Belief in streaks—known as a hot (or cold) hand in sports—is a common element in human decision making. In three video-based experiments, we investigated the belief–behavior relationship and how allocation decisions in volleyball are affected by the expertise of participants measured in years of experience. The participants watched video sequences of two volleyball players in which the base rates of these players were kept constant. In addition, one player showed a hot hand (or cold hand), which was manipulated by length and perfection. Results showed that participants of different expertise levels were sensitive to all kinds of streaks, allocated more/less balls to the hot/cold player and reported strong beliefs in the hot or the cold hand. Developing tactics can benefit from this line of research.
Jörn Köppen and Markus Raab
Sandrine Isoard-Gautheur, Emma Guillet-Descas, and Pierre-Nicolas Lemyre
Diane M. Culver, Wade Gilbert, and Andrew Sparkes
A follow-up of the 1990s review of qualitative research articles published in three North American sport psychology journals (Culver, Gilbert, & Trudel, 2003) was conducted for the years 2000–2009. Of the 1,324 articles published, 631 were data-based and 183 of these used qualitative data collection techniques; an increase from 17.3% for the 1990s to 29.0% for this last decade. Of these, 31.1% employed mixed methods compared with 38.1% in the 1990s. Interviews were used in 143 of the 183 qualitative studies and reliability test reporting increased from 45.2% to 82.2%. Authors using exclusively quotations to present their results doubled from 17.9% to 39.9%. Only 13.7% of the authors took an epistemological stance, while 26.2% stated their methodological approach. We conclude that positivist/postpositivist approaches appear to maintain a predominant position in sport psychology research. Awareness of the importance of being clear about epistemology and methodology should be a goal for all researchers.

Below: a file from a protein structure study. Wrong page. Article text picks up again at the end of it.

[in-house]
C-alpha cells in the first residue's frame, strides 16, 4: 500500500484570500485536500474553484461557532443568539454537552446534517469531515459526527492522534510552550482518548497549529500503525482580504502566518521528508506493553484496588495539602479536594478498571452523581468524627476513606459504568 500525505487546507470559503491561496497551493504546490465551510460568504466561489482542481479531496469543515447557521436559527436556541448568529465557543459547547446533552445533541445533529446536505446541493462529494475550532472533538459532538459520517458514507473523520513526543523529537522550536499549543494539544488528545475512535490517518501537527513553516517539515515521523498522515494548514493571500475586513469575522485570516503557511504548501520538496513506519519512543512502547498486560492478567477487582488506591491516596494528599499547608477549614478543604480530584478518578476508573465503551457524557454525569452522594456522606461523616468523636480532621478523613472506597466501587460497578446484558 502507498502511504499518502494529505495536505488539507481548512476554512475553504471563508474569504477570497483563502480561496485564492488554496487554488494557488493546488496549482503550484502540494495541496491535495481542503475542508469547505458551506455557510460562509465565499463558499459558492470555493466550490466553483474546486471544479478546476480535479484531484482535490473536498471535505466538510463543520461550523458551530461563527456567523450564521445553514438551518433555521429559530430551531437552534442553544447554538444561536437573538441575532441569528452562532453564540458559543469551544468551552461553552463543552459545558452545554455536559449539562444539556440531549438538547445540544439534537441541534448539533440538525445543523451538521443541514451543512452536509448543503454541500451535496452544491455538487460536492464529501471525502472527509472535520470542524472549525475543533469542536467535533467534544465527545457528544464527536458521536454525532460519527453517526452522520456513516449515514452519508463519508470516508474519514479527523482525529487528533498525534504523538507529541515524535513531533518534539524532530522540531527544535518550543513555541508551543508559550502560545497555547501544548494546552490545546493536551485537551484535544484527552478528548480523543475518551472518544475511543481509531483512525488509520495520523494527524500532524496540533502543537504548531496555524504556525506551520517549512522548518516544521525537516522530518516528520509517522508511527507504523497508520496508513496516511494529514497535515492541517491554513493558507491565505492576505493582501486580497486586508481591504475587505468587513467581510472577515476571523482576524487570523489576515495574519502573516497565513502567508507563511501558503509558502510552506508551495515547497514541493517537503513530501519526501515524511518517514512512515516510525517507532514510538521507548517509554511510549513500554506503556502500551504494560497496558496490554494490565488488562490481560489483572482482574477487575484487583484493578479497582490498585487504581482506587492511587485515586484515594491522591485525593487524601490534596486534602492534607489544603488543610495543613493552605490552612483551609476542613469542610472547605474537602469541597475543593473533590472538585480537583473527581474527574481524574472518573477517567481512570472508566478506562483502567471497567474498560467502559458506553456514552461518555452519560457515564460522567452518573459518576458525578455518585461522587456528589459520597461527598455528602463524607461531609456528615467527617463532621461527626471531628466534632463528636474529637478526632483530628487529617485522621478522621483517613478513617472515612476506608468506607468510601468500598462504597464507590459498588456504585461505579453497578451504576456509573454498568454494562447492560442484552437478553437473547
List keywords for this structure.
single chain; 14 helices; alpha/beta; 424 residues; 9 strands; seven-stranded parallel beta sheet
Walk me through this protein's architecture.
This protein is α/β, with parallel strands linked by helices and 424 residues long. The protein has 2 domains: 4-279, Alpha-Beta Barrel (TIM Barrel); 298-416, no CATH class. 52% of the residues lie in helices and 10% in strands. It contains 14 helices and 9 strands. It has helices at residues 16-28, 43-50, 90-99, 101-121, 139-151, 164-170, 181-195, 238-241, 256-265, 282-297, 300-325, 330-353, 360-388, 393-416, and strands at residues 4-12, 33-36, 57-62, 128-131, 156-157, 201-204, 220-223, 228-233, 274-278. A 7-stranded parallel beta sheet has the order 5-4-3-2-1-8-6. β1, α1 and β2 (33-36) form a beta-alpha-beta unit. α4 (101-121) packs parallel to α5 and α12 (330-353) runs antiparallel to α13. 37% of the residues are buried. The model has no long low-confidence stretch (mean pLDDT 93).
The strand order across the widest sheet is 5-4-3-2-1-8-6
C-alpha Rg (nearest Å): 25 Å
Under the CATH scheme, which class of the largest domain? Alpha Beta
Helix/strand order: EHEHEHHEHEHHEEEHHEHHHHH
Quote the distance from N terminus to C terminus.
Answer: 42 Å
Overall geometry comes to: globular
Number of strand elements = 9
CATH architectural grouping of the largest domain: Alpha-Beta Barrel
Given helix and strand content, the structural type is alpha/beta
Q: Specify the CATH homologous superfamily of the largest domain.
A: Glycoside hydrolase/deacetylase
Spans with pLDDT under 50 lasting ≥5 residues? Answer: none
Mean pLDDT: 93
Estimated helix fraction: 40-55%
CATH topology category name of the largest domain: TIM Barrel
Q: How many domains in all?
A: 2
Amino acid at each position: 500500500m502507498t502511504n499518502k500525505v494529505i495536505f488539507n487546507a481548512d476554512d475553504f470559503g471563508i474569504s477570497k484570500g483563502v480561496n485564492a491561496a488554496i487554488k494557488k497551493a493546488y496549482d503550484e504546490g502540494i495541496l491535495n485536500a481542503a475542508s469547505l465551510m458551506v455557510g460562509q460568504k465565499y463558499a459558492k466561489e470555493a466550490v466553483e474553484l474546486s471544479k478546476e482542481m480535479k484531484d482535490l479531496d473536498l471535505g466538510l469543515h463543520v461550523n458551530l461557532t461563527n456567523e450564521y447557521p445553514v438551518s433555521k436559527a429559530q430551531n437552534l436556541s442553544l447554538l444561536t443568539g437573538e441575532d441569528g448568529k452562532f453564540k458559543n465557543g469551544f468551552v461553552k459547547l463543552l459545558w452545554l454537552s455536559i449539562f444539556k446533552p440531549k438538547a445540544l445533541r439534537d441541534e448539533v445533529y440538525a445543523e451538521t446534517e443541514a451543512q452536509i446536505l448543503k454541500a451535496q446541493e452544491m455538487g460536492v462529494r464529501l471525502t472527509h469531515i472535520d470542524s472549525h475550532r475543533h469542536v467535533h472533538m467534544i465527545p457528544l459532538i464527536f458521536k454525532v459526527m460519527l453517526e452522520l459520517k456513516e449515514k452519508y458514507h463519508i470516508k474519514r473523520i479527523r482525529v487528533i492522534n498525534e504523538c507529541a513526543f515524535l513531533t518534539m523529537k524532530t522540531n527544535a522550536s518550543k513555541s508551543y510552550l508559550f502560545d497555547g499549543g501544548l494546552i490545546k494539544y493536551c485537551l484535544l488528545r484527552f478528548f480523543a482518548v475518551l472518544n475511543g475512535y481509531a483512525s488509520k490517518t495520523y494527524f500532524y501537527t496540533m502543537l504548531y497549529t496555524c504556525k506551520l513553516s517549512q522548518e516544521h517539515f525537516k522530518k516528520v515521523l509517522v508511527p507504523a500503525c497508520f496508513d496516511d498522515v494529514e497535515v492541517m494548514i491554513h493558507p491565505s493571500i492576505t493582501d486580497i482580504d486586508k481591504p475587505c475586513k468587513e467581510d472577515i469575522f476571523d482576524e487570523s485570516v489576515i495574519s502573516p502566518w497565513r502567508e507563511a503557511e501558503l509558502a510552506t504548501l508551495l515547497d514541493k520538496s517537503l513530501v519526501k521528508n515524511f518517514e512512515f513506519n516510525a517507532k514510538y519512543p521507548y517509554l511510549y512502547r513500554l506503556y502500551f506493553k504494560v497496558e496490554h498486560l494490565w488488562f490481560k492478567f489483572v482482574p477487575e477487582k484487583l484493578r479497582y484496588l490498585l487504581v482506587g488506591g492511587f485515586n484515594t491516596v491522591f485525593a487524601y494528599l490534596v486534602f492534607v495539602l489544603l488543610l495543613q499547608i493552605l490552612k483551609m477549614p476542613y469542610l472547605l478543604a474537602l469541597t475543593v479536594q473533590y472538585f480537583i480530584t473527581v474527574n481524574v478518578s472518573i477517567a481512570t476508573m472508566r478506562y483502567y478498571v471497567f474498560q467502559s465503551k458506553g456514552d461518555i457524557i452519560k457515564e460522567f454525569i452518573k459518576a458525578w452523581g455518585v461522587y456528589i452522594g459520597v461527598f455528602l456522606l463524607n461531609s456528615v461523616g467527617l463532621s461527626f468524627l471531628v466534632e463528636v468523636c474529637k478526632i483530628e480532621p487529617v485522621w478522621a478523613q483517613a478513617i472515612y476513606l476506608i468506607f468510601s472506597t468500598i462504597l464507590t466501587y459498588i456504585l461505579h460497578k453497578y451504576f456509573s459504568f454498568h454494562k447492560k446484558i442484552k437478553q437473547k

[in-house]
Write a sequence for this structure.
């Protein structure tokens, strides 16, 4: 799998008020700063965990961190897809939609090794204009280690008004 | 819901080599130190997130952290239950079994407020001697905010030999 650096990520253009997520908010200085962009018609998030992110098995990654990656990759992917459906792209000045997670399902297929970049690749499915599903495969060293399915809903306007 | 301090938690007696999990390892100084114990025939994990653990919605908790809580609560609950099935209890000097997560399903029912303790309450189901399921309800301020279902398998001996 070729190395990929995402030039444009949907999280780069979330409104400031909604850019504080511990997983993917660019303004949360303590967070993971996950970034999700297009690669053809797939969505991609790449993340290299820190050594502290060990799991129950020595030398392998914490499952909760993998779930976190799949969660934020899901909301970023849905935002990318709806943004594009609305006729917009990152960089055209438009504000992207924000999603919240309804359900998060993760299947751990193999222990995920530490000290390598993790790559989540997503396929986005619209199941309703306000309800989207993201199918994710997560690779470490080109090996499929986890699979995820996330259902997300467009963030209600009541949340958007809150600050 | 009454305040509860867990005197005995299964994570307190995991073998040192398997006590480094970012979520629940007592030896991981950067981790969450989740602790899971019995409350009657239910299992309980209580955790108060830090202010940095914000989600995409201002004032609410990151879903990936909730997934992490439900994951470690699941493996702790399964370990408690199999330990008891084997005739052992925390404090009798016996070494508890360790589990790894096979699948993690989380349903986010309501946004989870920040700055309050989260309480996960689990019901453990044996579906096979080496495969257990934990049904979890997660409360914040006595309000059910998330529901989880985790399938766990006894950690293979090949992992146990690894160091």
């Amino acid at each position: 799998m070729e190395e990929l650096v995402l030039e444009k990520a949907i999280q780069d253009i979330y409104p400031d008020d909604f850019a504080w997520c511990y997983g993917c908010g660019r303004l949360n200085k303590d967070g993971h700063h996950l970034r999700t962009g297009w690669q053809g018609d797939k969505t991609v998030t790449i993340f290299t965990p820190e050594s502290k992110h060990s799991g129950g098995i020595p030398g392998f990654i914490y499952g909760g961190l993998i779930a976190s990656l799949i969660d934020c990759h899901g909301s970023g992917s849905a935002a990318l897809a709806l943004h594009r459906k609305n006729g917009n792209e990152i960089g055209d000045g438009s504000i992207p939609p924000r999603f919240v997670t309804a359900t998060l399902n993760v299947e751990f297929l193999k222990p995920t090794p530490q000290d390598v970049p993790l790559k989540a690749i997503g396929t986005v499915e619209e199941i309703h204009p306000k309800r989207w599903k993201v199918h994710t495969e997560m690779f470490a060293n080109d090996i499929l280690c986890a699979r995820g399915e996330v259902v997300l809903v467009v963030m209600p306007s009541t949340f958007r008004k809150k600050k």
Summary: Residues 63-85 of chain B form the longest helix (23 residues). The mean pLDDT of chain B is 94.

Laura Jonker, Marije T. Elferink-Gemser, Ilse M. de Roos, and Chris Visscher
Reflection is considered a key factor in expert learning and refers to the extent to which individuals are able to appraise what they have learned and to integrate these experiences into future actions, thereby maximizing performance improvements. We assessed the relation between self-reported reflection at baseline and attainment (i.e., international vs. national level) 2.5 years later in 52 elite youth athletes. A Mann-Whitney U test showed that those who became senior internationals scored highest on reflection during their junior years compared with those who only attained senior national status. More specifically, athletes who made the transition from junior national to senior international level had higher reflection scores than their peers who did not reach international status and had similar scores to those who were internationals as juniors. These results emphasize the value of reflection in elite youth athletes to attaining senior international status later in development.
Stewart A. Vella, Lindsay G. Oades, and Trevor P. Crowe
This paper describes the validation of The Differentiated Transformational Leadership Inventory (DTLI) within a participation youth sports context. Three hundred and twenty-two athletes aged between 11 and 18 years completed the DTLI. Using a confirmatory factor analysis, the DTLI yielded an underlying factor structure that fell short of cut-off criteria for adjudging model fit. Subsequent theory-driven changes were made to the DTLI by removing the ‘high performance expectations’ subscale. Further data-driven changes were also made on the basis of high item-factor cross-loadings. The revised version of the DTLI was subjected to confirmatory factor analysis and proved to be a good fit for the obtained data. Consequently, a Differentiated Transformational Leadership Inventory for Youth Sport has been suggested for use within the participation youth sport context that contains 22 items, and retains six subscales.
Charlotte Woodcock, Joan L. Duda, Jennifer Cumming, Lee-Ann Sharp, and Mark J.G. Holland